If you are anything like me, you spend a certain amount of time thinking about what you want to create in your life. Coaches often talk about the importance of goal setting, and this is something I have seen really work.
I keep a running list of the things and situations I want to create in my life, and this has proven to be much more powerful than privately wishing or dreaming. There are many reasons why this works, one of them is that writing things down trains your unconscious mind to think in that direction and take actions that move you in the direction of your goals.
But one thing that I have found recently is that, when I get too fixed on focusing on what I want to create in the future, I stop being able to stay present in the now.
Why is that such a problem?
Think about it – the only time you can actually enjoy the fruits, the fulfillment, of what you have asked and prayed for, is right now. In the moment.
Even if your wish has not manifested yet, when it does, you will be living in what will feel, by that time, like the present moment. The now. And if you miss it, you’re missing the very moment that you asked for.
It’s like buying a ticket for a show and then talking all the way through. Or worse, texting.
Imagine. You have been asking for a baby for years, and then the baby is here. A few years later you are putting your child to bed and all you can think of is the bills. You are missing, in that very moment, the wispiness of hair, the soft breath, the heavenly gift that you have been asking for, for so long.
Why is it that we quickly begin to take things for granted?
We don’t have to. We can train ourselves to be gratitude-oriented, and to look for things to be grateful for in every moment.
Then, life really begins to change. You realize that what you have now is better than what you had five years ago, in some way. You are stronger, more clear, closer to your goals. From this you can build faith that the mountain you are gazing up at now, longingly, will one day be your vantage point.
Let me give you two practices to build this muscle of receiving.
#1) This Practice Will Change Your Life
Practice by waking up and listing ten things you are grateful for, every morning. And before you go to bed at night, ten more things. They can be the same ten things over and over, the key is that every time you write, feel your gratitude for each of those things in your body.
It can’t just be intellectual, like a mental acknowledgement that these things exist, although that can be a place to start. Ultimately, the gratitude has to come from deep within, it has to be real. It has to be felt. It can be as simple as feeling grateful for the warmth in your home, that another day has dawned, the smell of coffee from the other room, the fabric of your shirt against your skin.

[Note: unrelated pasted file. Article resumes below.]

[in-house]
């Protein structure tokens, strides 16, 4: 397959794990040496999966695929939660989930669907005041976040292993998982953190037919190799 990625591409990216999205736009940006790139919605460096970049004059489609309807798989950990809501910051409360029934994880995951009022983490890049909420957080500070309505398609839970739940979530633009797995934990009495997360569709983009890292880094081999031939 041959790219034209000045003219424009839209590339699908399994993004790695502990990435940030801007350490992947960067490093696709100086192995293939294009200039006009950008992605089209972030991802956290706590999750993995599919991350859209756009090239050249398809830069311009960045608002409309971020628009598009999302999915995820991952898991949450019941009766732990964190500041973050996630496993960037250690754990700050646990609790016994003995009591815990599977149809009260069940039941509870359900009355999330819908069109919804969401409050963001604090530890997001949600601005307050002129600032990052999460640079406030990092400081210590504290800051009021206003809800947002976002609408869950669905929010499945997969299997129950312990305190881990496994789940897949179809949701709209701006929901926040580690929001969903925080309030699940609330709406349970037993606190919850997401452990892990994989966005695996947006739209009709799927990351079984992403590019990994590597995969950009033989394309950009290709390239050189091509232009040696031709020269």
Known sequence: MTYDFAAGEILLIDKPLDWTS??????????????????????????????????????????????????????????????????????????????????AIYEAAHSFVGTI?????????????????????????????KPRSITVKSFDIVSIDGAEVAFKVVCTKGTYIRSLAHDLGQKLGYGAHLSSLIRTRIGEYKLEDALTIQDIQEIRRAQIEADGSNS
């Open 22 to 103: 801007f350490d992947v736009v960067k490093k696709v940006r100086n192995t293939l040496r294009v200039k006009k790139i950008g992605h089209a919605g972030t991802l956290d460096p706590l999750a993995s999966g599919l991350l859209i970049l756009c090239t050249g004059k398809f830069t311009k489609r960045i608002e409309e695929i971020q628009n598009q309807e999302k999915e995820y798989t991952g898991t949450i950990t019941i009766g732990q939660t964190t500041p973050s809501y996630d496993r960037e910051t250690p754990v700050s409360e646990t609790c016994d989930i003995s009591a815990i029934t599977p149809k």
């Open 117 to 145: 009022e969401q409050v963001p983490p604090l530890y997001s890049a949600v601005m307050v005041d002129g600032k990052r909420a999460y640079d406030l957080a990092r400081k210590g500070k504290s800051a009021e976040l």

You can reframe something you normally would not feel gratitude for, into something you feel immense and surprising gratitude for. Such as, “I am grateful that I get to do my work.” Thereby you focus not on the fruits of your labor, but on the privilege of serving your world in some way, and your brain starts to change. It’s a win/win, because while the fruits of labor may change, the quality of attention you put in to your work is all up to you, and if that is the source of your fulfillment and gratitude, you are guaranteed fulfillment as long as you put in the effort.
#2) This Practice Will Change Your Life Forever
The second practice is often known as meditation, though that word can be daunting.
When I say meditation, I just mean sitting quietly, for 5 or 10 minutes a day to start, and letting your mind rest on your breath. The mind is such that it always needs something to follow, whether its a task to focus on or an experience to track. In this case, sit comfortably, quietly, and in an upright position with your legs either crossed (if on a cushion or folded blankets) or separated with your feet on the floor (if sitting in a chair). Your hands can rest on your thighs.
With a soft gaze, look two or three feet out in front of you and slightly down toward the floor. This closely pulled-in gaze helps to keep the mind resting on the breath. As you start to feel more calm and centered, and able to keep the brain less active, you can slowly raise your gaze until you are looking straight ahead – still with a soft gaze – and keep the focus on the breath.
This simple sitting and breathing practice will help you to build the ability to be content in the present moment, without having to run off into the past or future with your mind. Believe me – this feels incredible!
The Truth Is
Many of us can learn pretty quickly and easily how to ask for what we want, if we don’t know how to already. It’s the receiving part we need to work on. Receiving just means accepting, noticing, and as a result feeling gratitude. And just like another person, the universe rejoices in receiving your gratitude.
Try these practices – Morning and Evening Gratitude Practice and a simple, breath-based Meditation – and watch the quality of your experience and your relationship to life change, become more fluid, joyful, and vital.
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